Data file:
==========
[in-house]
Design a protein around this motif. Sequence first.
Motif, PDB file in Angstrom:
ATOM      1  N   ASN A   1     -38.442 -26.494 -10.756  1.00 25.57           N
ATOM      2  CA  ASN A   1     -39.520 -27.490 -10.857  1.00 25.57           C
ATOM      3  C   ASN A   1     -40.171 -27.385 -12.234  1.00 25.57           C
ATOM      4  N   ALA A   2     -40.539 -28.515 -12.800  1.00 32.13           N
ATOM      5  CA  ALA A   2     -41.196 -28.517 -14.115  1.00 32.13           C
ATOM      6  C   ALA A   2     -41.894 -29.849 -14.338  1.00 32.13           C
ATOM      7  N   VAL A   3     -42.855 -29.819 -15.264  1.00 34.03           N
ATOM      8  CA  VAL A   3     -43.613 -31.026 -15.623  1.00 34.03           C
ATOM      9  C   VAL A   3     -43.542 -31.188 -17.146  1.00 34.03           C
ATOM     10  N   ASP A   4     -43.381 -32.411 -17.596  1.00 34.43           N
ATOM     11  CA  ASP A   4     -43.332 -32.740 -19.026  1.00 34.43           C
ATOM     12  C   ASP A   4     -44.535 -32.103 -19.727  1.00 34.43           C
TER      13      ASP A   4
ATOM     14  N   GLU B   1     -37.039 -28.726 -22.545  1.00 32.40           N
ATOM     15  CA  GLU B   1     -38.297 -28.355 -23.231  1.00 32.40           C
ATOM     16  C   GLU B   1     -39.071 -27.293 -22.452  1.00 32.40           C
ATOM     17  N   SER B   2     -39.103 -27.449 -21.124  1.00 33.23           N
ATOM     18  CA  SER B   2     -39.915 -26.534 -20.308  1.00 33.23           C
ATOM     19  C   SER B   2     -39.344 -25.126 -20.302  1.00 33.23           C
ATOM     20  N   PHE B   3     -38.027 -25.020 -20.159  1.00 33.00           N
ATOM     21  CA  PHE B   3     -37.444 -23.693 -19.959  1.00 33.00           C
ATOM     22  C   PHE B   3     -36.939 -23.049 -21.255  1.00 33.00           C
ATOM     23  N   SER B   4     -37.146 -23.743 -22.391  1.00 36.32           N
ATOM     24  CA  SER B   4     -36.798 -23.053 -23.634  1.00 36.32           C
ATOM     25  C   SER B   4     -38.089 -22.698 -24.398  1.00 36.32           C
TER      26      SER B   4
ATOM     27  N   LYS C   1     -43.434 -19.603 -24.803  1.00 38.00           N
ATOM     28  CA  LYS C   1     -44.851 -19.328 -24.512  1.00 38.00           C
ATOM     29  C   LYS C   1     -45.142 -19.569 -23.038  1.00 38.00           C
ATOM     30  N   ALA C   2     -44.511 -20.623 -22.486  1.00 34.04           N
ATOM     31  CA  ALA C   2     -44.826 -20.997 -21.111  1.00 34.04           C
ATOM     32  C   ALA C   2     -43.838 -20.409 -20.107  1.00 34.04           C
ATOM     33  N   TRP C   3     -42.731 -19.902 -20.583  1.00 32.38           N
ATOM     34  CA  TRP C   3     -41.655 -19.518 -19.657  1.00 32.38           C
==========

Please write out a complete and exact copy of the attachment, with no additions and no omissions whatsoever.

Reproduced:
[in-house]
Design a protein around this motif. Sequence first.
Motif, PDB file in Angstrom:
ATOM      1  N   ASN A   1     -38.442 -26.494 -10.756  1.00 25.57           N
ATOM      2  CA  ASN A   1     -39.520 -27.490 -10.857  1.00 25.57           C
ATOM      3  C   ASN A   1     -40.171 -27.385 -12.234  1.00 25.57           C
ATOM      4  N   ALA A   2     -40.539 -28.515 -12.800  1.00 32.13           N
ATOM      5  CA  ALA A   2     -41.196 -28.517 -14.115  1.00 32.13           C
ATOM      6  C   ALA A   2     -41.894 -29.849 -14.338  1.00 32.13           C
ATOM      7  N   VAL A   3     -42.855 -29.819 -15.264  1.00 34.03           N
ATOM      8  CA  VAL A   3     -43.613 -31.026 -15.623  1.00 34.03           C
ATOM      9  C   VAL A   3     -43.542 -31.188 -17.146  1.00 34.03           C
ATOM     10  N   ASP A   4     -43.381 -32.411 -17.596  1.00 34.43           N
ATOM     11  CA  ASP A   4     -43.332 -32.740 -19.026  1.00 34.43           C
ATOM     12  C   ASP A   4     -44.535 -32.103 -19.727  1.00 34.43           C
TER      13      ASP A   4
ATOM     14  N   GLU B   1     -37.039 -28.726 -22.545  1.00 32.40           N
ATOM     15  CA  GLU B   1     -38.297 -28.355 -23.231  1.00 32.40           C
ATOM     16  C   GLU B   1     -39.071 -27.293 -22.452  1.00 32.40           C
ATOM     17  N   SER B   2     -39.103 -27.449 -21.124  1.00 33.23           N
ATOM     18  CA  SER B   2     -39.915 -26.534 -20.308  1.00 33.23           C
ATOM     19  C   SER B   2     -39.344 -25.126 -20.302  1.00 33.23           C
ATOM     20  N   PHE B   3     -38.027 -25.020 -20.159  1.00 33.00           N
ATOM     21  CA  PHE B   3     -37.444 -23.693 -19.959  1.00 33.00           C
ATOM     22  C   PHE B   3     -36.939 -23.049 -21.255  1.00 33.00           C
ATOM     23  N   SER B   4     -37.146 -23.743 -22.391  1.00 36.32           N
ATOM     24  CA  SER B   4     -36.798 -23.053 -23.634  1.00 36.32           C
ATOM     25  C   SER B   4     -38.089 -22.698 -24.398  1.00 36.32           C
TER      26      SER B   4
ATOM     27  N   LYS C   1     -43.434 -19.603 -24.803  1.00 38.00           N
ATOM     28  CA  LYS C   1     -44.851 -19.328 -24.512  1.00 38.00           C
ATOM     29  C   LYS C   1     -45.142 -19.569 -23.038  1.00 38.00           C
ATOM     30  N   ALA C   2     -44.511 -20.623 -22.486  1.00 34.04           N
ATOM     31  CA  ALA C   2     -44.826 -20.997 -21.111  1.00 34.04           C
ATOM     32  C   ALA C   2     -43.838 -20.409 -20.107  1.00 34.04           C
ATOM     33  N   TRP C   3     -42.731 -19.902 -20.583  1.00 32.38           N
ATOM     34  CA  TRP C   3     -41.655 -19.518 -19.657  1.00 32.38           C